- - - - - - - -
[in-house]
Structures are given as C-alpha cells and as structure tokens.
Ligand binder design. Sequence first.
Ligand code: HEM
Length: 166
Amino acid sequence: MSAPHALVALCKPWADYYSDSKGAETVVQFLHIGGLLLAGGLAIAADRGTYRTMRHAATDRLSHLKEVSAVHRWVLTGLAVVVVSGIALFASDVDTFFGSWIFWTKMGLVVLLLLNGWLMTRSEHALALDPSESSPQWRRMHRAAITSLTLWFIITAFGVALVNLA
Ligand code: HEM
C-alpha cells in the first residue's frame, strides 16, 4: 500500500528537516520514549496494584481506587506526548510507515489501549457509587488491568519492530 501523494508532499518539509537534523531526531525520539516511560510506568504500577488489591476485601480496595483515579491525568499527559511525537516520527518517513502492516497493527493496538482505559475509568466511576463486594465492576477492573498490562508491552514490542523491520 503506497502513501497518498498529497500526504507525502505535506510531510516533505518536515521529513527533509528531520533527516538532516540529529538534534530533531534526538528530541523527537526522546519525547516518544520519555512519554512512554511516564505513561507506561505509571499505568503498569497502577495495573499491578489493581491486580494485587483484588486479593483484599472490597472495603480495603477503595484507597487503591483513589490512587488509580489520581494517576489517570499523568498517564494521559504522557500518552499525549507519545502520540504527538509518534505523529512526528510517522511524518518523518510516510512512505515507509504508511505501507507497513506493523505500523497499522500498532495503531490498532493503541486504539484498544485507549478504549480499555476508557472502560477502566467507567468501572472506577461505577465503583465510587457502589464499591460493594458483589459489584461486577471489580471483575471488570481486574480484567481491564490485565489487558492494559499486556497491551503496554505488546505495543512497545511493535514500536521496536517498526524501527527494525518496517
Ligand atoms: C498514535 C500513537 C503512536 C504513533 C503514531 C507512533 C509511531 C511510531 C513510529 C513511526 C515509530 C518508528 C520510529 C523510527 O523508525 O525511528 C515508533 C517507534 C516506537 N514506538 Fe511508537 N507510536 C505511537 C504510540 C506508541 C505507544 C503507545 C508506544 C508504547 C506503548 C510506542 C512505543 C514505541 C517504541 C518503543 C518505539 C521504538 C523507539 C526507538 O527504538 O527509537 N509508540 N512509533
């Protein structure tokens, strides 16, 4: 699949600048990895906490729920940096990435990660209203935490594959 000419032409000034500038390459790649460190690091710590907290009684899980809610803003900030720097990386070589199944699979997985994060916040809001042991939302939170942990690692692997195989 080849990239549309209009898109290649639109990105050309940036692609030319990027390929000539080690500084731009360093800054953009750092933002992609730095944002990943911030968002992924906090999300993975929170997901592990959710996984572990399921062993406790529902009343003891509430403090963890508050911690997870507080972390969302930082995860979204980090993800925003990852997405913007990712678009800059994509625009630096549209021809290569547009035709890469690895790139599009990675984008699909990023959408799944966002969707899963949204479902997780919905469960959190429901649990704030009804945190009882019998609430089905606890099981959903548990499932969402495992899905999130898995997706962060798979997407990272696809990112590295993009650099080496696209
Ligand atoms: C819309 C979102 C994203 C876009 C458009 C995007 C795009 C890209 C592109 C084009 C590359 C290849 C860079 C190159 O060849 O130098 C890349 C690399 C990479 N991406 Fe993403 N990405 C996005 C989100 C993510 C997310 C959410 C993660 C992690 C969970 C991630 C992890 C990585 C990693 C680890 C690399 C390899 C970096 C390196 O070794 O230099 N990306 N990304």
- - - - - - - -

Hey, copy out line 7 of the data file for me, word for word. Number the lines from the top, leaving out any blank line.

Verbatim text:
Ligand code: HEM